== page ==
Nobody was seriously hurt and no damage was done on the ground. But the crash of a B-2 stealth bomber on the Pacific island of Guam yesterday - the first involving this type of aircraft - was the world's worst air disaster by one measure: money.
Only 22 B-2s have ever been made. The cost of building each one is between $1.2bn (£610m) and $1.3bn, but once development costs are factored in, the figure approaches $2bn per aircraft. By comparison, the British Airways Boeing 777 written off in the Heathrow crash last month (again without serious injury) would have cost around $160m.
The cause of yesterday's crash is unknown. The bat-like B-2 plunged to the ground shortly after take-off from Guam. Both pilots managed to eject safely; one remained in hospital in a stable condition last night. A thick plume of smoke rose from the crash site, but the US Air Force reported no injuries on the ground or damage to buildings.
The crash happened as the B-2 took off with three others on their last flight out of Guam after a four-month deployment, part of a continuous US bomber presence in the western Pacific. The other three aircraft are being kept on Guam pending investigations.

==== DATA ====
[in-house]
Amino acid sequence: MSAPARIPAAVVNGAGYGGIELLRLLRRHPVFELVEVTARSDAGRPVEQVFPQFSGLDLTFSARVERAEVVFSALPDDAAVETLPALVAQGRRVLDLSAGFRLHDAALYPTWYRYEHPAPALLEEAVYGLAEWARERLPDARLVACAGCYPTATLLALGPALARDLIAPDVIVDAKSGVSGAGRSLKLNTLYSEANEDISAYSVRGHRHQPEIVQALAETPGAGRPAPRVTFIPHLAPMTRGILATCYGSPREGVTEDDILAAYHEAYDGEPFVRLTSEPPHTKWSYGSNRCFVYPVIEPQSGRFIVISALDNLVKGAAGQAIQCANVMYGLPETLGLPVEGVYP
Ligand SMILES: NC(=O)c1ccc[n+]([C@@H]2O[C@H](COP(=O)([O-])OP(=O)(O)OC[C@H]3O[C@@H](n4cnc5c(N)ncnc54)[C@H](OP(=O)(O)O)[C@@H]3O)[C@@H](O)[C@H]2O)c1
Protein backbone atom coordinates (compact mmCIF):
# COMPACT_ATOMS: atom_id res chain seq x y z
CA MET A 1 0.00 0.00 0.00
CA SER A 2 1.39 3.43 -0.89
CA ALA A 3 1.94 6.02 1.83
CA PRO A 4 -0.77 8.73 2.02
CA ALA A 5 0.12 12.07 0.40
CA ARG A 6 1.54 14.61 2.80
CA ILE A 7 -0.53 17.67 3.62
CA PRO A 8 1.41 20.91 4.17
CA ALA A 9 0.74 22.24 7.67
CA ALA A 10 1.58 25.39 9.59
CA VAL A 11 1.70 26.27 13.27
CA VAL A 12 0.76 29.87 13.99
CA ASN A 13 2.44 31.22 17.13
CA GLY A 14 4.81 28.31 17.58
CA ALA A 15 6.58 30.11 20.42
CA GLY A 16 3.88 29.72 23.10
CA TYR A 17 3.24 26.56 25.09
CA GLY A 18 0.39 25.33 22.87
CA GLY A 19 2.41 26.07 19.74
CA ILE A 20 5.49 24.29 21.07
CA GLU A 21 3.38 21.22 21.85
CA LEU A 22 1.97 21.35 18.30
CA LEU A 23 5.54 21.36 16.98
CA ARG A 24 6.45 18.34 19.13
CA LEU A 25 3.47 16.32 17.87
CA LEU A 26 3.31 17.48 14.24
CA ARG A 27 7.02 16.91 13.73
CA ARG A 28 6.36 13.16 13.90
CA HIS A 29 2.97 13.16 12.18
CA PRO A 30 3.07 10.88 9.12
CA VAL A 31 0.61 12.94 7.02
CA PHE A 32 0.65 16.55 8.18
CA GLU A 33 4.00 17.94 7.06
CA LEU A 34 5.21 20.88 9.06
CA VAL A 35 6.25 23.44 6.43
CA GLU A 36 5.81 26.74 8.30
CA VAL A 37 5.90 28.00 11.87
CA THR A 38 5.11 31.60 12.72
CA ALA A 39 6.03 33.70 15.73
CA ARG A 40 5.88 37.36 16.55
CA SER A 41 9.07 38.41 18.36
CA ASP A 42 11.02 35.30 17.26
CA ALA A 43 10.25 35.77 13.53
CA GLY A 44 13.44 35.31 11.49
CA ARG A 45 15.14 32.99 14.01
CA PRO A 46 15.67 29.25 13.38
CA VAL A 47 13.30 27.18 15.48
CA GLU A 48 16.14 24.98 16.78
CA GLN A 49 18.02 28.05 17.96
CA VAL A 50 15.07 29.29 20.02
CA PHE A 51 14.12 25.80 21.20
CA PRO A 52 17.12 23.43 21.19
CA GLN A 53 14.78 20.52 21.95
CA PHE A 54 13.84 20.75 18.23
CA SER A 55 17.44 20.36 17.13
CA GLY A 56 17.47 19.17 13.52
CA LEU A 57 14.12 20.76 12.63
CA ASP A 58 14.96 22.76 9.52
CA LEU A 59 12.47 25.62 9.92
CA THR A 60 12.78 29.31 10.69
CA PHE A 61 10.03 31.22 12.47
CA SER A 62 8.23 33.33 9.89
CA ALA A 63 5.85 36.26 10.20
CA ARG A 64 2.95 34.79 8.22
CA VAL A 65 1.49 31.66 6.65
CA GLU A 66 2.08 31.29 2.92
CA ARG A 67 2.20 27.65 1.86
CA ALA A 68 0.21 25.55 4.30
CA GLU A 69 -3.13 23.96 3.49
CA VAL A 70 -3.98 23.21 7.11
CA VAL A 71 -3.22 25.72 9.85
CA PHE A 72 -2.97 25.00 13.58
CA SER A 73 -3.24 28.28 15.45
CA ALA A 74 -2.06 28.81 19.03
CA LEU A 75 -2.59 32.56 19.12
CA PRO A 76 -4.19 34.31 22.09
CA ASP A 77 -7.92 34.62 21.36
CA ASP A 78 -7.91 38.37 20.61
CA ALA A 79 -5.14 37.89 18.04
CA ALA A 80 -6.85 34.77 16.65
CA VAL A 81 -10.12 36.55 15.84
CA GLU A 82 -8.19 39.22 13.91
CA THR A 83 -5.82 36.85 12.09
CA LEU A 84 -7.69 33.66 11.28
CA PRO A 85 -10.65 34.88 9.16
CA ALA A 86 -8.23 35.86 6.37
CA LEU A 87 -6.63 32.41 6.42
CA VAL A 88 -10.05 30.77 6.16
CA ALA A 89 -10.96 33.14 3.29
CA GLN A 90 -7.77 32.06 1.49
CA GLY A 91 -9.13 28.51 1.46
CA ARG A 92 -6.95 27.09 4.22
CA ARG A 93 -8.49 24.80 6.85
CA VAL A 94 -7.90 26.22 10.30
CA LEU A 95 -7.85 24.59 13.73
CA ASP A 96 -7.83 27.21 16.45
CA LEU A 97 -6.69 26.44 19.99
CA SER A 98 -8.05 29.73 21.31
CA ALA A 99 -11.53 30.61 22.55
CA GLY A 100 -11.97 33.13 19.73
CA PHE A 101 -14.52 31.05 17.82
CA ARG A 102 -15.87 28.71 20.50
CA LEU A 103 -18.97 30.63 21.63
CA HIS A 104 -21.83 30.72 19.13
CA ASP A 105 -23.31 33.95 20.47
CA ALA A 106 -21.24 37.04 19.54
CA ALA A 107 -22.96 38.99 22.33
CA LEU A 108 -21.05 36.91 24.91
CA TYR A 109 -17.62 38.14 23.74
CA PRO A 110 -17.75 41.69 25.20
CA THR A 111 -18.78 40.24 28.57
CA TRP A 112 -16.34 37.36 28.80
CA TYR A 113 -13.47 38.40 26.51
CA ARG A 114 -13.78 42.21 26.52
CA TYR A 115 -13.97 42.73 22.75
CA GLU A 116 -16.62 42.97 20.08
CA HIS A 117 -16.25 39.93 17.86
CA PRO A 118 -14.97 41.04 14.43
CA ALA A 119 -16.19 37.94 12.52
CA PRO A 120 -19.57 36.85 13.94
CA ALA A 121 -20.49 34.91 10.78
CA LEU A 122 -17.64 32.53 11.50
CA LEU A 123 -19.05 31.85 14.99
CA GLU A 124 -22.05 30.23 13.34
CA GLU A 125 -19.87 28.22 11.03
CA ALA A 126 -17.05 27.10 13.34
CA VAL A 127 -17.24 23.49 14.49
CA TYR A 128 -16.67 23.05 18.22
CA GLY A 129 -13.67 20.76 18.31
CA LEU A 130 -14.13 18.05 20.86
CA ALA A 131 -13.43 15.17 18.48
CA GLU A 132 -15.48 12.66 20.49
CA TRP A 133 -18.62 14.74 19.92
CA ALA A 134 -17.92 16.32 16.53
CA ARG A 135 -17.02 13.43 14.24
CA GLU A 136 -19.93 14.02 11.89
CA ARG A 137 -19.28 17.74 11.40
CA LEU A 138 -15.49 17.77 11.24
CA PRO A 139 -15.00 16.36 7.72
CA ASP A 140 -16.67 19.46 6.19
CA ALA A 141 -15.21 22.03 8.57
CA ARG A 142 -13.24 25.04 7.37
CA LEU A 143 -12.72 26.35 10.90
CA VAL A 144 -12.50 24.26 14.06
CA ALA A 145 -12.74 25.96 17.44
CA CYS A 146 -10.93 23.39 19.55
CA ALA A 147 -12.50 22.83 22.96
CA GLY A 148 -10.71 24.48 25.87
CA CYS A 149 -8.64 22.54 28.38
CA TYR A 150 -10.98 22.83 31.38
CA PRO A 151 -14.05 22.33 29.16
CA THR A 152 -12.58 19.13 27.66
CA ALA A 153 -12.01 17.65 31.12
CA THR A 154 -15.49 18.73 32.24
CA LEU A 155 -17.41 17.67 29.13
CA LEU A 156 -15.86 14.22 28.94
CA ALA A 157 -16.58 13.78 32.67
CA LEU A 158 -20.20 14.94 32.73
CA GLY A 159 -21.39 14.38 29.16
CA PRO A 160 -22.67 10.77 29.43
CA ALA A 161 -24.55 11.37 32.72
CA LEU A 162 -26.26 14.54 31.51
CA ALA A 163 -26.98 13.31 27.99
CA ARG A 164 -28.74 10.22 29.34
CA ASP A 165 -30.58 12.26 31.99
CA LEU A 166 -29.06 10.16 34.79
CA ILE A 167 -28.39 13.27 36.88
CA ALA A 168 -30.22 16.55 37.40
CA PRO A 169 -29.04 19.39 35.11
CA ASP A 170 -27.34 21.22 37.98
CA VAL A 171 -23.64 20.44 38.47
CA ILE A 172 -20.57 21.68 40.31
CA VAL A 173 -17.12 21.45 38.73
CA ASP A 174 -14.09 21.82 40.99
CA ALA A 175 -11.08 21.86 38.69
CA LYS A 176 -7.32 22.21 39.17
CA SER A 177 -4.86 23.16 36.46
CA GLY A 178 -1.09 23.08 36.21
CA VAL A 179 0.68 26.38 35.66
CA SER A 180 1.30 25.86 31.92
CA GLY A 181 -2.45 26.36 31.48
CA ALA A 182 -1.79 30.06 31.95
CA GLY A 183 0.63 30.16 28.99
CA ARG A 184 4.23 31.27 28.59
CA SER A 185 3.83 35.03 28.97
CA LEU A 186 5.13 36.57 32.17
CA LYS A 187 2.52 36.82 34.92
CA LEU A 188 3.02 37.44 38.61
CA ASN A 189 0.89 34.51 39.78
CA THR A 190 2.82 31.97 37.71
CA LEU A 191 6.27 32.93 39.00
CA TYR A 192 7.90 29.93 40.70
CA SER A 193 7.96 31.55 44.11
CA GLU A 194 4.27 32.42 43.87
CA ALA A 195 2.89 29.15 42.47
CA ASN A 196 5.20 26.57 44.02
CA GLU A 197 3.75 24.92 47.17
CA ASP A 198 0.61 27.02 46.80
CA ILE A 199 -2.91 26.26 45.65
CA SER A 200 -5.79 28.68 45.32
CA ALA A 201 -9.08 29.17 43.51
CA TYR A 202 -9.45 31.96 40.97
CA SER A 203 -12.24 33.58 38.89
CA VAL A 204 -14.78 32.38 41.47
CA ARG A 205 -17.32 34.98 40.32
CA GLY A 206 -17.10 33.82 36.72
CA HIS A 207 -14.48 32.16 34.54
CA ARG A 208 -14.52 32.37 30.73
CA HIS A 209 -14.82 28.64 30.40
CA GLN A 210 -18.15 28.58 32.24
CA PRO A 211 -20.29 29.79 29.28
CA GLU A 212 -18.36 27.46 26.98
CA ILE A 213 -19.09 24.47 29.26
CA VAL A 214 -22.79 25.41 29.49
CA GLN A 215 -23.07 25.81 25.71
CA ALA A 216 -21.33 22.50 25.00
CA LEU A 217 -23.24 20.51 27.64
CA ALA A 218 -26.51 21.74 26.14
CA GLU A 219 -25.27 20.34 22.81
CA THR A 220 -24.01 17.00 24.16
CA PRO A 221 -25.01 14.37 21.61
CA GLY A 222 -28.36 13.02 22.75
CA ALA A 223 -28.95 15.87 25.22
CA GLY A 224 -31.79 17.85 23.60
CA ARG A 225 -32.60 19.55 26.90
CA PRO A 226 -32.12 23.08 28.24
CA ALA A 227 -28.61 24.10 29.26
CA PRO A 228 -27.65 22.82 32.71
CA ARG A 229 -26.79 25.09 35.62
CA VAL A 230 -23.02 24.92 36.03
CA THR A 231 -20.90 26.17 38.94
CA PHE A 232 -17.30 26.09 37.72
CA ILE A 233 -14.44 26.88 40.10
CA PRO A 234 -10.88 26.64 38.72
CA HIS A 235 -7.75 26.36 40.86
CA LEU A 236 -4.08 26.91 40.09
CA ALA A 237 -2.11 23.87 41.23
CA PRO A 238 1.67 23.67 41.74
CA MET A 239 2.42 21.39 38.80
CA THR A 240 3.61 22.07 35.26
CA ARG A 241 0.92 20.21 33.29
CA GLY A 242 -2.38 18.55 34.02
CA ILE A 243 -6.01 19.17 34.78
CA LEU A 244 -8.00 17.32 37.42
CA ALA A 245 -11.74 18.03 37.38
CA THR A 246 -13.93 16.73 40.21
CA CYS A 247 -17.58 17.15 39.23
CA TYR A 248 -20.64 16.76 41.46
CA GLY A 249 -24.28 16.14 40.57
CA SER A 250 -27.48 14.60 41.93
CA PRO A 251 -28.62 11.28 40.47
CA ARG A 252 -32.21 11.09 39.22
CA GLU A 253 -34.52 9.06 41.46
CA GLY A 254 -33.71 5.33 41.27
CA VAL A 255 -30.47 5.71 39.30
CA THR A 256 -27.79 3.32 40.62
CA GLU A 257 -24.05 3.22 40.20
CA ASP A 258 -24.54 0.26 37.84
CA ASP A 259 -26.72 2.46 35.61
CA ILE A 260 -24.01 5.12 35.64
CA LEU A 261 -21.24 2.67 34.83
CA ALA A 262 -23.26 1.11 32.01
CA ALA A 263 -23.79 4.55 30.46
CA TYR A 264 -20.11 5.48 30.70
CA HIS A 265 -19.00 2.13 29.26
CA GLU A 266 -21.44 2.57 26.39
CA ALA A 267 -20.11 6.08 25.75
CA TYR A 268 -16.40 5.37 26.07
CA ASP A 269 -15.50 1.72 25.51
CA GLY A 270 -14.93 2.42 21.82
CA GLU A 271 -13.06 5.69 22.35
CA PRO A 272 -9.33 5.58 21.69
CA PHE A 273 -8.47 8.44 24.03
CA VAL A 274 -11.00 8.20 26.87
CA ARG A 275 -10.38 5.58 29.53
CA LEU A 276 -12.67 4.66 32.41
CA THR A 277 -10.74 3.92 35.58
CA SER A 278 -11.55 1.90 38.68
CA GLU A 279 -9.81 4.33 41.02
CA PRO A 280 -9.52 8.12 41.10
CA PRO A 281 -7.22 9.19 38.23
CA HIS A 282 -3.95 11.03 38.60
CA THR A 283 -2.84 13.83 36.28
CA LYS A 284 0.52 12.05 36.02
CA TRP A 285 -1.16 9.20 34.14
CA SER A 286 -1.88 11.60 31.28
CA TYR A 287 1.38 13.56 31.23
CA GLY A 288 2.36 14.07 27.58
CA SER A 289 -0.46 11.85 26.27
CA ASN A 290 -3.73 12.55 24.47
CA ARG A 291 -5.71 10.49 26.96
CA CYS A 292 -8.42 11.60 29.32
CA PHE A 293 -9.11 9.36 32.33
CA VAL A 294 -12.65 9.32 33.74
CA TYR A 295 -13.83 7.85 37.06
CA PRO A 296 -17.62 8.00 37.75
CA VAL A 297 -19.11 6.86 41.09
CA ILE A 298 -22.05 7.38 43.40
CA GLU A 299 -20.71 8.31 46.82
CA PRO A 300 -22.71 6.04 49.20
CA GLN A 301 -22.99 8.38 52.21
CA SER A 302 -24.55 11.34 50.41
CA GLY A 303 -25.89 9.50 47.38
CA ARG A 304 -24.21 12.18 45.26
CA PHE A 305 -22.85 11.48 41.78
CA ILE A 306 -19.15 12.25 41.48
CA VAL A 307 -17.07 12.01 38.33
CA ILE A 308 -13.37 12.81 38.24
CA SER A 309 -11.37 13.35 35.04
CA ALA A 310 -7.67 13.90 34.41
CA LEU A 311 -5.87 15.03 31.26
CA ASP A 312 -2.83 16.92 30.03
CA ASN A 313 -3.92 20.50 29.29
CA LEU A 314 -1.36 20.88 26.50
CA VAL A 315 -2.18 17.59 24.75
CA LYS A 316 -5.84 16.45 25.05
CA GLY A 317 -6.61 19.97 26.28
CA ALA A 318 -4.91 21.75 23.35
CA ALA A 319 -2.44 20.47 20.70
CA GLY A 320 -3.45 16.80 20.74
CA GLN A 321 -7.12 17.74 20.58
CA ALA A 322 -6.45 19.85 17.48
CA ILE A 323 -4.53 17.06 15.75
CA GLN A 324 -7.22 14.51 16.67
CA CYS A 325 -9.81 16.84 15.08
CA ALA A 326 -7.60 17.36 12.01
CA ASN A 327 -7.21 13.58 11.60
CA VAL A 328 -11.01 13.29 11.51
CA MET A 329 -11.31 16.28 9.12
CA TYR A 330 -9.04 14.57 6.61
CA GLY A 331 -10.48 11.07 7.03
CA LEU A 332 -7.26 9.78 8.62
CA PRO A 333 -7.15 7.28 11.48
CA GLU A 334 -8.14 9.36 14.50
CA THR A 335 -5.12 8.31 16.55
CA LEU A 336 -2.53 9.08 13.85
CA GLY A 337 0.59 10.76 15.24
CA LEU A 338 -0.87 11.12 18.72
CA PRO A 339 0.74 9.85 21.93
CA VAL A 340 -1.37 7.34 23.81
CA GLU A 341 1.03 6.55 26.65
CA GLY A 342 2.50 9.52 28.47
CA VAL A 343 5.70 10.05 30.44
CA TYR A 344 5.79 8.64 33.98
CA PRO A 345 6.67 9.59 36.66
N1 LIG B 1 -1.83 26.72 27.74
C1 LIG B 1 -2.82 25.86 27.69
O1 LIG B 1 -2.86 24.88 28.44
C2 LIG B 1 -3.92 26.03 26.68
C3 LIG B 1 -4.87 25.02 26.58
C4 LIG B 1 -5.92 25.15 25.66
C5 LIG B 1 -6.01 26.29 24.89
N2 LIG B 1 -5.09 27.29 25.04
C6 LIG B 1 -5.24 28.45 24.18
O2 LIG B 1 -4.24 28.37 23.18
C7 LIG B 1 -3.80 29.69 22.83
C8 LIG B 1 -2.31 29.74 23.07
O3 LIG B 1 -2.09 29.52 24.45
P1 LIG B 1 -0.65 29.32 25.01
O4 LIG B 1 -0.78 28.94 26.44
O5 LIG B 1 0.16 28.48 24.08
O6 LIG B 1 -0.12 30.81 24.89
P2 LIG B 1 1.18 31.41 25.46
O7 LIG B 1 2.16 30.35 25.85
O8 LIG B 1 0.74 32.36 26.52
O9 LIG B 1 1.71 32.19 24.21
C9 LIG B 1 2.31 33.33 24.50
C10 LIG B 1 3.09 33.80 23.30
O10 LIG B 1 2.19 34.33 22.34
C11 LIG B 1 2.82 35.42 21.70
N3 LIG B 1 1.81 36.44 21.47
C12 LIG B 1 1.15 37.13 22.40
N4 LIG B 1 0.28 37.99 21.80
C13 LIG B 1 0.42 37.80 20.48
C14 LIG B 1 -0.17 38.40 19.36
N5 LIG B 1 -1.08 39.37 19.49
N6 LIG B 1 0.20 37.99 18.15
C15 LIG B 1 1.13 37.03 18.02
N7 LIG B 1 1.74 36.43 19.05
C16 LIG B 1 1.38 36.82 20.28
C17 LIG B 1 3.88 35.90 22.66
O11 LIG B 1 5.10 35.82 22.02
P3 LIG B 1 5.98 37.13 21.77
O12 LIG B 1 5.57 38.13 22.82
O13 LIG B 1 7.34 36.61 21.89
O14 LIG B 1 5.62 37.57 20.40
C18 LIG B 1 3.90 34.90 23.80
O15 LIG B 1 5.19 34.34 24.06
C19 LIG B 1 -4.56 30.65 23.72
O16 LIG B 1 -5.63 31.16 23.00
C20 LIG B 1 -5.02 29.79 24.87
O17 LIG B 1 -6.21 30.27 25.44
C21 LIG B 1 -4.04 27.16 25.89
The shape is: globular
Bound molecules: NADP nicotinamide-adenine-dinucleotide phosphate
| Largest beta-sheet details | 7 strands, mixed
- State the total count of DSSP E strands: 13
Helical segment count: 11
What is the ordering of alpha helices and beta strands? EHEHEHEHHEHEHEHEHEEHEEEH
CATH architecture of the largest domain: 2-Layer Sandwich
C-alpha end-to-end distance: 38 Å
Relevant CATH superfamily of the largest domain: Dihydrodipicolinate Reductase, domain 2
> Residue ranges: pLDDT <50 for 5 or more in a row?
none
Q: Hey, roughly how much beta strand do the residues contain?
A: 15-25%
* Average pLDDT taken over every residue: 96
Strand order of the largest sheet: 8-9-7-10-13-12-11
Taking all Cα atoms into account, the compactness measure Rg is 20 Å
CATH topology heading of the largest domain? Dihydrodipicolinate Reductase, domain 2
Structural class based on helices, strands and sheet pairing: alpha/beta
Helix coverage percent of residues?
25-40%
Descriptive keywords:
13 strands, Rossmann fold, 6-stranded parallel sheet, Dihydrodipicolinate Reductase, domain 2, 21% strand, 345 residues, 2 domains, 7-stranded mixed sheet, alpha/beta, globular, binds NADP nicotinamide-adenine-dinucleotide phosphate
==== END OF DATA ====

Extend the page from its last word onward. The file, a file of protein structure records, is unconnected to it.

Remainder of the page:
Sixteen B-2 bombers have been used in combat, over Kosovo, Afghanistan and Iran. One mission over Afghanistan in 2001 took 44 hours, with a pair of aircraft taking off from Whiteman Air Force Base, Missouri, where all B-2s are housed, and landing on Diego Garcia in the Indian Ocean after the attack. The aircraft were refueled in flight, and the pilots took it in turn to sleep. It is believed to have been the longest air combat mission ever.
© 2008 independent.co.uk